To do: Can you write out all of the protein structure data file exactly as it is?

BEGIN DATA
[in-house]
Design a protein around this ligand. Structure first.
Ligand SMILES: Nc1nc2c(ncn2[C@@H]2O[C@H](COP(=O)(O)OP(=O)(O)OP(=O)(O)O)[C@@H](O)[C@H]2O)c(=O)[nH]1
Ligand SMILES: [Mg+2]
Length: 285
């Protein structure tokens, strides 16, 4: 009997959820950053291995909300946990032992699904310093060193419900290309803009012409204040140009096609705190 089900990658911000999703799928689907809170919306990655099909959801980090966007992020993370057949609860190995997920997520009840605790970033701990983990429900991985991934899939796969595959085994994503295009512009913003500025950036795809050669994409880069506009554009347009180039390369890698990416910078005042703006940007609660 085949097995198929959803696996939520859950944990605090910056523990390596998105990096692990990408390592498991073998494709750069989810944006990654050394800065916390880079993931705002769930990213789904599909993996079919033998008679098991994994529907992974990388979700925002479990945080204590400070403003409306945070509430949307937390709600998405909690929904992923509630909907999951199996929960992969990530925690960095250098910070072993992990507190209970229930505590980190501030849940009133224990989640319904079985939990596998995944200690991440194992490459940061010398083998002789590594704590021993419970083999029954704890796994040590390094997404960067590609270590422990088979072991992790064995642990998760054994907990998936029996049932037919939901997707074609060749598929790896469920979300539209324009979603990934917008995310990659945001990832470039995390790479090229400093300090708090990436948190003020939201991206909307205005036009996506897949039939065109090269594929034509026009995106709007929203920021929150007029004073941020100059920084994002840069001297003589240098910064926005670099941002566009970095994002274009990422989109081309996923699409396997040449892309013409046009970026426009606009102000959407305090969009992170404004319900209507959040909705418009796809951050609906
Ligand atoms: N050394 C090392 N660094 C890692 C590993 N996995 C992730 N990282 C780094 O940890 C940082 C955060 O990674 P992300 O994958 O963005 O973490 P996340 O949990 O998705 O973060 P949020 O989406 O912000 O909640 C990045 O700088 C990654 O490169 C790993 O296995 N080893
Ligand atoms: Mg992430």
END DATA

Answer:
[in-house]
Design a protein around this ligand. Structure first.
Ligand SMILES: Nc1nc2c(ncn2[C@@H]2O[C@H](COP(=O)(O)OP(=O)(O)OP(=O)(O)O)[C@@H](O)[C@H]2O)c(=O)[nH]1
Ligand SMILES: [Mg+2]
Length: 285
């Protein structure tokens, strides 16, 4: 009997959820950053291995909300946990032992699904310093060193419900290309803009012409204040140009096609705190 089900990658911000999703799928689907809170919306990655099909959801980090966007992020993370057949609860190995997920997520009840605790970033701990983990429900991985991934899939796969595959085994994503295009512009913003500025950036795809050669994409880069506009554009347009180039390369890698990416910078005042703006940007609660 085949097995198929959803696996939520859950944990605090910056523990390596998105990096692990990408390592498991073998494709750069989810944006990654050394800065916390880079993931705002769930990213789904599909993996079919033998008679098991994994529907992974990388979700925002479990945080204590400070403003409306945070509430949307937390709600998405909690929904992923509630909907999951199996929960992969990530925690960095250098910070072993992990507190209970229930505590980190501030849940009133224990989640319904079985939990596998995944200690991440194992490459940061010398083998002789590594704590021993419970083999029954704890796994040590390094997404960067590609270590422990088979072991992790064995642990998760054994907990998936029996049932037919939901997707074609060749598929790896469920979300539209324009979603990934917008995310990659945001990832470039995390790479090229400093300090708090990436948190003020939201991206909307205005036009996506897949039939065109090269594929034509026009995106709007929203920021929150007029004073941020100059920084994002840069001297003589240098910064926005670099941002566009970095994002274009990422989109081309996923699409396997040449892309013409046009970026426009606009102000959407305090969009992170404004319900209507959040909705418009796809951050609906
Ligand atoms: N050394 C090392 N660094 C890692 C590993 N996995 C992730 N990282 C780094 O940890 C940082 C955060 O990674 P992300 O994958 O963005 O973490 P996340 O949990 O998705 O973060 P949020 O989406 O912000 O909640 C990045 O700088 C990654 O490169 C790993 O296995 N080893
Ligand atoms: Mg992430």